Joanna White spent time studying the highlanders of the Cambodian north-east,
and prepared this report for the Center for Advanced Study in Phnom Penh.
Environment and Religion
In general terms highlanders can be distinguished from their lowland neighbors
not only by their long-standing inhabitancy of the upland areas but their particular
religion, which is bound to their surrounding environment, and their use of semi-settled
swidden agricultural techniques.
According to the local belief system, the entire natural environment - the sky, the
earth, the forest, along with water sources, hills, stones and rice fields - are
populated by a vast array of spiritual forces. These religious beliefs inspire both
respect and fear, as the spirits are believed to have the power to influence the
health, well-being and prosperity of villagers.
For example, the primary forest areas surrounding villages are believed to be inhabited
by forest spirits (as one Brou elder described it, "these trees were born in
the time of the gods"), and it is forbidden for these areas to be cut. To do
so would arouse the anger of the spirits, resulting in the sickness or even the death
of the individuals responsible (as is described in the local languages, they would
In addition to these spirits of the natural world, spirits of the ancestors are also
believed to have the power to protect, or conversely (if angered or not propitiated
effectively), to wreak havoc on the human world.
At crucial stages of the agricultural cycle, in case of illness where supernatural
interference is believed to be the cause, in times of severe misfortune, or at other
opportune times of the year such as weddings or funerals, the various spiritual forces
are offered animal sacrifices and rice wine as part of an organized communal ritual.
The members of each village are bound together, not only through kinship ties but
also in a religious sense, as every village has its own tutelary protective spirits
which must be regularly propitiated with a sacrificial offering and feast.
Many villages are named after the forest sites and streams close to their base, as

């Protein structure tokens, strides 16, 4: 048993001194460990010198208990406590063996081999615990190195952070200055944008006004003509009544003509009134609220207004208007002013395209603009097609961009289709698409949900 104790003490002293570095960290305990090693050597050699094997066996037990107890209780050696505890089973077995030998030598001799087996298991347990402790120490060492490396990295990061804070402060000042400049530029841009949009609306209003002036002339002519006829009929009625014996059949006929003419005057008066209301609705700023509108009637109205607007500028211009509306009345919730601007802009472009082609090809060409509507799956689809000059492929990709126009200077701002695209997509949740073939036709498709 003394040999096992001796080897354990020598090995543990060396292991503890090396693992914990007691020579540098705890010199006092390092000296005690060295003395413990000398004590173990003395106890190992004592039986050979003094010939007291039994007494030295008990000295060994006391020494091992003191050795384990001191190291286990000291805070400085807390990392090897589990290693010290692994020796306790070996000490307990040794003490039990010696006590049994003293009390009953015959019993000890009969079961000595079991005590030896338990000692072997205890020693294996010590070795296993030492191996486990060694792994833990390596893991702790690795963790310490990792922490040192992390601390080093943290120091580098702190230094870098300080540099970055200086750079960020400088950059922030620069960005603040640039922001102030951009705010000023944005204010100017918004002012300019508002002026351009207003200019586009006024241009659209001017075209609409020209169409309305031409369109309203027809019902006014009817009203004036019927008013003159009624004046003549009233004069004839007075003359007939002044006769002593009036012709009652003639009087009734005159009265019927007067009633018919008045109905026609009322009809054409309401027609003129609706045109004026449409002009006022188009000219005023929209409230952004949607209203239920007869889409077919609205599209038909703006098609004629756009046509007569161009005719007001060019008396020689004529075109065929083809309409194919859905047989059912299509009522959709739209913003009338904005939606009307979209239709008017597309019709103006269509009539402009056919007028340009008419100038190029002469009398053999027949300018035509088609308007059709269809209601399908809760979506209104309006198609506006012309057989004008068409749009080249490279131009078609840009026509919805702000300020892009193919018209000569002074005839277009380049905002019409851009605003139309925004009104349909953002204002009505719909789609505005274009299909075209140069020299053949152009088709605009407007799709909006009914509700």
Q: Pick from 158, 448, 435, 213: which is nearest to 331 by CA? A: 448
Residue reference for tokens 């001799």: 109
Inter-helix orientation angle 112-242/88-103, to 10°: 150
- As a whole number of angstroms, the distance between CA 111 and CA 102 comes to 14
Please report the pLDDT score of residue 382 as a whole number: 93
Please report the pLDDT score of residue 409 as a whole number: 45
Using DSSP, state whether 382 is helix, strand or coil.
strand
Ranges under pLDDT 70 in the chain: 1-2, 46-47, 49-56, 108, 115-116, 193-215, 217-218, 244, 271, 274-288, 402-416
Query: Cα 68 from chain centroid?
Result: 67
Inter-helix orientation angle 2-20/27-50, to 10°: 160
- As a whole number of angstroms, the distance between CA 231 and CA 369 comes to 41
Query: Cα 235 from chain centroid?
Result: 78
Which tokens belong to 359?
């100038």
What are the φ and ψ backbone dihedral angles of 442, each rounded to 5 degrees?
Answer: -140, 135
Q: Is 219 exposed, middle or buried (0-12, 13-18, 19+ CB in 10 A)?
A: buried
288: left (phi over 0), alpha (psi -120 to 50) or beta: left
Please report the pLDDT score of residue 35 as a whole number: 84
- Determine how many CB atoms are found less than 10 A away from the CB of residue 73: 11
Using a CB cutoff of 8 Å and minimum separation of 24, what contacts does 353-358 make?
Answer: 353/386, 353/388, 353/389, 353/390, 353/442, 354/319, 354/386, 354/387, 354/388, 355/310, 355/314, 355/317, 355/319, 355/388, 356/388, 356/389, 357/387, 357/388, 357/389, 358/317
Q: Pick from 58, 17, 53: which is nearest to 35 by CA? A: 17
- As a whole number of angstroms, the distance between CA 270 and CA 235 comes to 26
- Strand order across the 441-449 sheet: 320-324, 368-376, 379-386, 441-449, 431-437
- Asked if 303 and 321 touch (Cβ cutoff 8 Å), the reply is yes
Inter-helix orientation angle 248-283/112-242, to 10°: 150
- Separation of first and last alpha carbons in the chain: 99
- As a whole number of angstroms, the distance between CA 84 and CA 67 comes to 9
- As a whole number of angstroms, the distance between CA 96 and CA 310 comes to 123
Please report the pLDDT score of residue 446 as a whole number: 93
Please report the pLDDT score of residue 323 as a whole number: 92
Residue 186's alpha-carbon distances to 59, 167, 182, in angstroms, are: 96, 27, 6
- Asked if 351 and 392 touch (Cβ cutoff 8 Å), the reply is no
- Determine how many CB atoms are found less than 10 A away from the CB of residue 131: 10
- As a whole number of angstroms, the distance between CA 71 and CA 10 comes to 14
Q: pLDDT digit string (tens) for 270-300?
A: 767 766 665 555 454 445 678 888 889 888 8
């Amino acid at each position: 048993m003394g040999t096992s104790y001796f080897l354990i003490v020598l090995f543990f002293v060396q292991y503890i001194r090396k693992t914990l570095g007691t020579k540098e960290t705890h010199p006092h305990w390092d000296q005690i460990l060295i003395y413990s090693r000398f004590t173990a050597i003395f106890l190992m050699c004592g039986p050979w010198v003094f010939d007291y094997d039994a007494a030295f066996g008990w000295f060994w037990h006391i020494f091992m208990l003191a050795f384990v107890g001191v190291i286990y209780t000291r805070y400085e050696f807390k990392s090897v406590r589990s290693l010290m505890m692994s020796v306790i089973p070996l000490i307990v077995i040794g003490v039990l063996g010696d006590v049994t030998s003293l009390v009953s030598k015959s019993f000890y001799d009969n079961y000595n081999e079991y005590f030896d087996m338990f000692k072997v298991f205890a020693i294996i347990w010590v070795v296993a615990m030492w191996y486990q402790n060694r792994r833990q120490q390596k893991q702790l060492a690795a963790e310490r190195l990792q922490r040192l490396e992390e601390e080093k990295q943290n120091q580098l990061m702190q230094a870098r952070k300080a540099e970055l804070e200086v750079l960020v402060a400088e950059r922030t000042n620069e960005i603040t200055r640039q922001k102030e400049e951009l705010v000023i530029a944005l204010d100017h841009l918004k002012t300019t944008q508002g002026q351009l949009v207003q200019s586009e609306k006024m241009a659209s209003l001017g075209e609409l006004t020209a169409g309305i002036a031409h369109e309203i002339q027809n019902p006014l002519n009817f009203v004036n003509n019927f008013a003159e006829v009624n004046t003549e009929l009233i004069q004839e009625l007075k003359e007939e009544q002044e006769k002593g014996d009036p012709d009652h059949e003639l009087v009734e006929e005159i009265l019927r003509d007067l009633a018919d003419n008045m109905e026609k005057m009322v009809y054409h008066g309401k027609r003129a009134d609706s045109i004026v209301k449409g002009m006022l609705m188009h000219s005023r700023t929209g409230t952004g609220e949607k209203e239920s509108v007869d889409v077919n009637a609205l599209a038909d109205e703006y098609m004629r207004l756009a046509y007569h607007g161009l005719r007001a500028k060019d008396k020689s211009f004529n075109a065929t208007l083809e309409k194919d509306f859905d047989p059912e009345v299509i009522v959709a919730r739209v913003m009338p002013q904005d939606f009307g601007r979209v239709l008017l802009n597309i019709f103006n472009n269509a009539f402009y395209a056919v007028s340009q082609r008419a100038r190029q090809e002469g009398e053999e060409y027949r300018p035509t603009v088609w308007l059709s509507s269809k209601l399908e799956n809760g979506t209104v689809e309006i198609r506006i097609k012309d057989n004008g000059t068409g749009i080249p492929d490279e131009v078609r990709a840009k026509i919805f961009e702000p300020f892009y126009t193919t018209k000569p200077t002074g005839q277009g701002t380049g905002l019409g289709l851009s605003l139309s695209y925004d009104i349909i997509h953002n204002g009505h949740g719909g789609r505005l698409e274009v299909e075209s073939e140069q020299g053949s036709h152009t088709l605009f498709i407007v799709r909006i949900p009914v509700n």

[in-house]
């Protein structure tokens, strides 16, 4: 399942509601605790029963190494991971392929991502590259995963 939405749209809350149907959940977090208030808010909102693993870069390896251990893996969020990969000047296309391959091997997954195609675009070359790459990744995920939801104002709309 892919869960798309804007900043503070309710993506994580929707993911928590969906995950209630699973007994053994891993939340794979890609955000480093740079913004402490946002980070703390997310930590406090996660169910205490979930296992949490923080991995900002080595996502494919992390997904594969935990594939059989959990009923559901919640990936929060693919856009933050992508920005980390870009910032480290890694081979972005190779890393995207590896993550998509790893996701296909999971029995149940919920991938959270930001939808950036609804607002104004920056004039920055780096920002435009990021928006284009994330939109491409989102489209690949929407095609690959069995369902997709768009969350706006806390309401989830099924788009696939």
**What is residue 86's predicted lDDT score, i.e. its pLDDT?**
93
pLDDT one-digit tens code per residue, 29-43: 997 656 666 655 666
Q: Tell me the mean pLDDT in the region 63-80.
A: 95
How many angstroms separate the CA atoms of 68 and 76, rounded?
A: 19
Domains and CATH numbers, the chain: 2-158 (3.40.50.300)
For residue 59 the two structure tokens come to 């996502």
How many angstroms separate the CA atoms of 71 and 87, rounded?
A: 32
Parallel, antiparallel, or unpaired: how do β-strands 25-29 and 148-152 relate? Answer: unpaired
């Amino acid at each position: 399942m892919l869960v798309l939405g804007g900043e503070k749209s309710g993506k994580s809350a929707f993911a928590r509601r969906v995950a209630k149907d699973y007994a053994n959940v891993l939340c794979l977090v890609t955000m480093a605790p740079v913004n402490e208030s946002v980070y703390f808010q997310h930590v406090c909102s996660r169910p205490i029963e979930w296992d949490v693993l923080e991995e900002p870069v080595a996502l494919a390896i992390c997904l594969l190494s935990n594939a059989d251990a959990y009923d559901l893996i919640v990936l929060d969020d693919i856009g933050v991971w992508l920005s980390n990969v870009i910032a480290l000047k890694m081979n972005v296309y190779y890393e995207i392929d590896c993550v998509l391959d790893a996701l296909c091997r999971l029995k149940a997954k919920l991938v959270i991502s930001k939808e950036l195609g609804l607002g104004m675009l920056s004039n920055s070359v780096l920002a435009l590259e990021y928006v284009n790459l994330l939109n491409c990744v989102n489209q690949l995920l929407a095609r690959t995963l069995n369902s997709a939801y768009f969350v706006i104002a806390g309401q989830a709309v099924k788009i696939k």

well as after the ancient elders who were the first inhabitants of the settlement,
and there is a wealth of local mythology concerning distinctive areas surrounding
The Phnong, for instance, have strong links with the mountains surrounding their
villages. Some communities make annual offerings to the spirits there. These practices
are related to their belief that originally people inhabited these mountains and
their ancestors are still there.
The highlanders spend much of their time in or around the forest environment, whether
working in the fields, watching livestock, gathering firewood, hunting, fishing or
seeking fruits and leaves for foods and medicine. They are reknowned for their knowledge
of this forest terrain and for centuries have been sought out by neighboring lowlanders
hoping to exchange goods for rare and lucrative products from the forest. Highlanders
are known to have a unique detail of definition, categorization and analysis of the
trees, plants and other elements of their environment which does not exist in any
language other than their own.
Village structure varies from group to group.
Kreung villages are constructed in a distinctive circular fashion, with larger houses
occupied by the heads of each extended family group, built to face inwards towards
a central long-house where village meetings, communal feasts and ceremonies are held.
All of the houses in the village are constructed from forest materials: wood and
bamboo, built on stilts, with leaf or bamboo tile roofs. Smaller houses form an inner
circle and are built in the vicinity of, and often facing, the larger houses. These
smaller houses are inhabited by pre-marital teenagers or individual nuclear families
of couples and their children who are still under the authority of the elders of
their family group.
The Jarai organize their villages in a different manner. They construct vast longhouses
inhabited by each extended family. The inner area of the house is divided into living
compartments for each couple and their children. Teenagers often stay together in
a designated area. The Jarai have a matrilineal clan system and it is forbidden for
those of the same clan to marry. According to Jarai mythology the clans are named
after the place where their ancestors were first born. Some of these clans also have
strict food taboos, the roots of which are detailed in their mythology.
While within villages there appear to be active allegiances between members of the